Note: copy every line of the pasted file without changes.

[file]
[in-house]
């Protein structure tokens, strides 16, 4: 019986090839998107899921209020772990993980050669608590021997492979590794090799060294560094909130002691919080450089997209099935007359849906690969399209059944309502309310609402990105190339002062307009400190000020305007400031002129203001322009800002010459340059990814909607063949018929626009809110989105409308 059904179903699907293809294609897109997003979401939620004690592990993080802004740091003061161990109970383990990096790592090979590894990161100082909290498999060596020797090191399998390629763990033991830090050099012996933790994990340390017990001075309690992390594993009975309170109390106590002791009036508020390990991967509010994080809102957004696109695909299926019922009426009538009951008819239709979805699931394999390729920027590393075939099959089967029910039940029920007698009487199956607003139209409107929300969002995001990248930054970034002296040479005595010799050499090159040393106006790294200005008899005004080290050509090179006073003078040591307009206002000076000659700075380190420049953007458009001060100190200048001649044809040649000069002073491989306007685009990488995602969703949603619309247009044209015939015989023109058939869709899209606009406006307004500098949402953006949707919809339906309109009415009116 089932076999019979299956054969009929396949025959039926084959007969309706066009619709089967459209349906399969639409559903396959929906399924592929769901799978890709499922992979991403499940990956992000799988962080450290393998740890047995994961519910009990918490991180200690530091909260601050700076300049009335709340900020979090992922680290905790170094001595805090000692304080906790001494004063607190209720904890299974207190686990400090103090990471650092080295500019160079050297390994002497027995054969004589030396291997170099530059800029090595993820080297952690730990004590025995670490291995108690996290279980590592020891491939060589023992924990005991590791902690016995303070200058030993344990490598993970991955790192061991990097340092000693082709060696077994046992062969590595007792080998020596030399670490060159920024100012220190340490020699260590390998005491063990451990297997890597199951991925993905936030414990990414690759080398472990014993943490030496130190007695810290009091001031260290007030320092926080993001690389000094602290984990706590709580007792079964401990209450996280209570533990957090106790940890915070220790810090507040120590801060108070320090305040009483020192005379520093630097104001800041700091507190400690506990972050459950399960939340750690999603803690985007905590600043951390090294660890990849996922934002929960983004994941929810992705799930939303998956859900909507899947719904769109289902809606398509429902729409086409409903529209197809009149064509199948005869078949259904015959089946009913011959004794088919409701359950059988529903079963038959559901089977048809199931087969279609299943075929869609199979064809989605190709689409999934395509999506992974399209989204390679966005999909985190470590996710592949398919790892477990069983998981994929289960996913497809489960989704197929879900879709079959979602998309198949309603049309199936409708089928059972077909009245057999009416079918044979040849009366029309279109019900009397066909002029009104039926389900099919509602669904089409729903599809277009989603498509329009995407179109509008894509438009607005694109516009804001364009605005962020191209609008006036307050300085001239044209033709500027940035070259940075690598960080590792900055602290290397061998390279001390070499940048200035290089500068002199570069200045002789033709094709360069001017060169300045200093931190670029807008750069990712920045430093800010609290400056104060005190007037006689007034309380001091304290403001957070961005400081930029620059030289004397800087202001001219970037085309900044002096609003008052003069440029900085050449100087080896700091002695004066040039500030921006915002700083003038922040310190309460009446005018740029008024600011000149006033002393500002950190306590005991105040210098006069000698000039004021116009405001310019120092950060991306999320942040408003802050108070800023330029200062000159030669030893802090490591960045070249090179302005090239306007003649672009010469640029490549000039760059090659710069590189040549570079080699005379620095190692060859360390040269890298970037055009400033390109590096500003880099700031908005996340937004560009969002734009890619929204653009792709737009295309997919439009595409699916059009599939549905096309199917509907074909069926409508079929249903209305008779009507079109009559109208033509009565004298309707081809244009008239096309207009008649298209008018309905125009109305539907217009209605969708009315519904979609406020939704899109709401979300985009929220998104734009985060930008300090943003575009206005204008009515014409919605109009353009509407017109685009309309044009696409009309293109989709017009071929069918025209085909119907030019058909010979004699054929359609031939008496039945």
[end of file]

[in-house]
């Protein structure tokens, strides 16, 4: 019986090839998107899921209020772990993980050669608590021997492979590794090799060294560094909130002691919080450089997209099935007359849906690969399209059944309502309310609402990105190339002062307009400190000020305007400031002129203001322009800002010459340059990814909607063949018929626009809110989105409308 059904179903699907293809294609897109997003979401939620004690592990993080802004740091003061161990109970383990990096790592090979590894990161100082909290498999060596020797090191399998390629763990033991830090050099012996933790994990340390017990001075309690992390594993009975309170109390106590002791009036508020390990991967509010994080809102957004696109695909299926019922009426009538009951008819239709979805699931394999390729920027590393075939099959089967029910039940029920007698009487199956607003139209409107929300969002995001990248930054970034002296040479005595010799050499090159040393106006790294200005008899005004080290050509090179006073003078040591307009206002000076000659700075380190420049953007458009001060100190200048001649044809040649000069002073491989306007685009990488995602969703949603619309247009044209015939015989023109058939869709899209606009406006307004500098949402953006949707919809339906309109009415009116 089932076999019979299956054969009929396949025959039926084959007969309706066009619709089967459209349906399969639409559903396959929906399924592929769901799978890709499922992979991403499940990956992000799988962080450290393998740890047995994961519910009990918490991180200690530091909260601050700076300049009335709340900020979090992922680290905790170094001595805090000692304080906790001494004063607190209720904890299974207190686990400090103090990471650092080295500019160079050297390994002497027995054969004589030396291997170099530059800029090595993820080297952690730990004590025995670490291995108690996290279980590592020891491939060589023992924990005991590791902690016995303070200058030993344990490598993970991955790192061991990097340092000693082709060696077994046992062969590595007792080998020596030399670490060159920024100012220190340490020699260590390998005491063990451990297997890597199951991925993905936030414990990414690759080398472990014993943490030496130190007695810290009091001031260290007030320092926080993001690389000094602290984990706590709580007792079964401990209450996280209570533990957090106790940890915070220790810090507040120590801060108070320090305040009483020192005379520093630097104001800041700091507190400690506990972050459950399960939340750690999603803690985007905590600043951390090294660890990849996922934002929960983004994941929810992705799930939303998956859900909507899947719904769109289902809606398509429902729409086409409903529209197809009149064509199948005869078949259904015959089946009913011959004794088919409701359950059988529903079963038959559901089977048809199931087969279609299943075929869609199979064809989605190709689409999934395509999506992974399209989204390679966005999909985190470590996710592949398919790892477990069983998981994929289960996913497809489960989704197929879900879709079959979602998309198949309603049309199936409708089928059972077909009245057999009416079918044979040849009366029309279109019900009397066909002029009104039926389900099919509602669904089409729903599809277009989603498509329009995407179109509008894509438009607005694109516009804001364009605005962020191209609008006036307050300085001239044209033709500027940035070259940075690598960080590792900055602290290397061998390279001390070499940048200035290089500068002199570069200045002789033709094709360069001017060169300045200093931190670029807008750069990712920045430093800010609290400056104060005190007037006689007034309380001091304290403001957070961005400081930029620059030289004397800087202001001219970037085309900044002096609003008052003069440029900085050449100087080896700091002695004066040039500030921006915002700083003038922040310190309460009446005018740029008024600011000149006033002393500002950190306590005991105040210098006069000698000039004021116009405001310019120092950060991306999320942040408003802050108070800023330029200062000159030669030893802090490591960045070249090179302005090239306007003649672009010469640029490549000039760059090659710069590189040549570079080699005379620095190692060859360390040269890298970037055009400033390109590096500003880099700031908005996340937004560009969002734009890619929204653009792709737009295309997919439009595409699916059009599939549905096309199917509907074909069926409508079929249903209305008779009507079109009559109208033509009565004298309707081809244009008239096309207009008649298209008018309905125009109305539907217009209605969708009315519904979609406020939704899109709401979300985009929220998104734009985060930008300090943003575009206005204008009515014409919605109009353009509407017109685009309309044009696409009309293109989709017009071929069918025209085909119907030019058909010979004699054929359609031939008496039945």